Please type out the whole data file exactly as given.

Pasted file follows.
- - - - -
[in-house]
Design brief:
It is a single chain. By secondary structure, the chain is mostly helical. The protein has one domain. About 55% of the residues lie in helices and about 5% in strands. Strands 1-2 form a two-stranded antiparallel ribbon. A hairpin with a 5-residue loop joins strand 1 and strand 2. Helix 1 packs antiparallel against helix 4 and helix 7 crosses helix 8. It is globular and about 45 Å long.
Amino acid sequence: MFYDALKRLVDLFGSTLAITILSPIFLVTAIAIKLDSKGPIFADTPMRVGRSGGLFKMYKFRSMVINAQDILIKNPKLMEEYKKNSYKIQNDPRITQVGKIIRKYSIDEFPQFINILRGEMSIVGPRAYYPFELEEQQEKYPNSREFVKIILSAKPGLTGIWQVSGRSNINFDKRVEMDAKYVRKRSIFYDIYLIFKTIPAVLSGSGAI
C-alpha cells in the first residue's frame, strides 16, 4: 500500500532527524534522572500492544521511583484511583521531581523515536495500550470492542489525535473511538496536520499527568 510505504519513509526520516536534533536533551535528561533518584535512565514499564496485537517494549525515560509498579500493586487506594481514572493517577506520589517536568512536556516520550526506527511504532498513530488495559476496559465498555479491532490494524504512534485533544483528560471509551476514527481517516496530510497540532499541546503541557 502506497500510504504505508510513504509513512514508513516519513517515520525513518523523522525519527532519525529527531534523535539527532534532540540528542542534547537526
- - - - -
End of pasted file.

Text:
[in-house]
Design brief:
It is a single chain. By secondary structure, the chain is mostly helical. The protein has one domain. About 55% of the residues lie in helices and about 5% in strands. Strands 1-2 form a two-stranded antiparallel ribbon. A hairpin with a 5-residue loop joins strand 1 and strand 2. Helix 1 packs antiparallel against helix 4 and helix 7 crosses helix 8. It is globular and about 45 Å long.
Amino acid sequence: MFYDALKRLVDLFGSTLAITILSPIFLVTAIAIKLDSKGPIFADTPMRVGRSGGLFKMYKFRSMVINAQDILIKNPKLMEEYKKNSYKIQNDPRITQVGKIIRKYSIDEFPQFINILRGEMSIVGPRAYYPFELEEQQEKYPNSREFVKIILSAKPGLTGIWQVSGRSNINFDKRVEMDAKYVRKRSIFYDIYLIFKTIPAVLSGSGAI
C-alpha cells in the first residue's frame, strides 16, 4: 500500500532527524534522572500492544521511583484511583521531581523515536495500550470492542489525535473511538496536520499527568 510505504519513509526520516536534533536533551535528561533518584535512565514499564496485537517494549525515560509498579500493586487506594481514572493517577506520589517536568512536556516520550526506527511504532498513530488495559476496559465498555479491532490494524504512534485533544483528560471509551476514527481517516496530510497540532499541546503541557 502506497500510504504505508510513504509513512514508513516519513517515520525513518523523522525519527532519525529527531534523535539527532534532540540528542542534547537526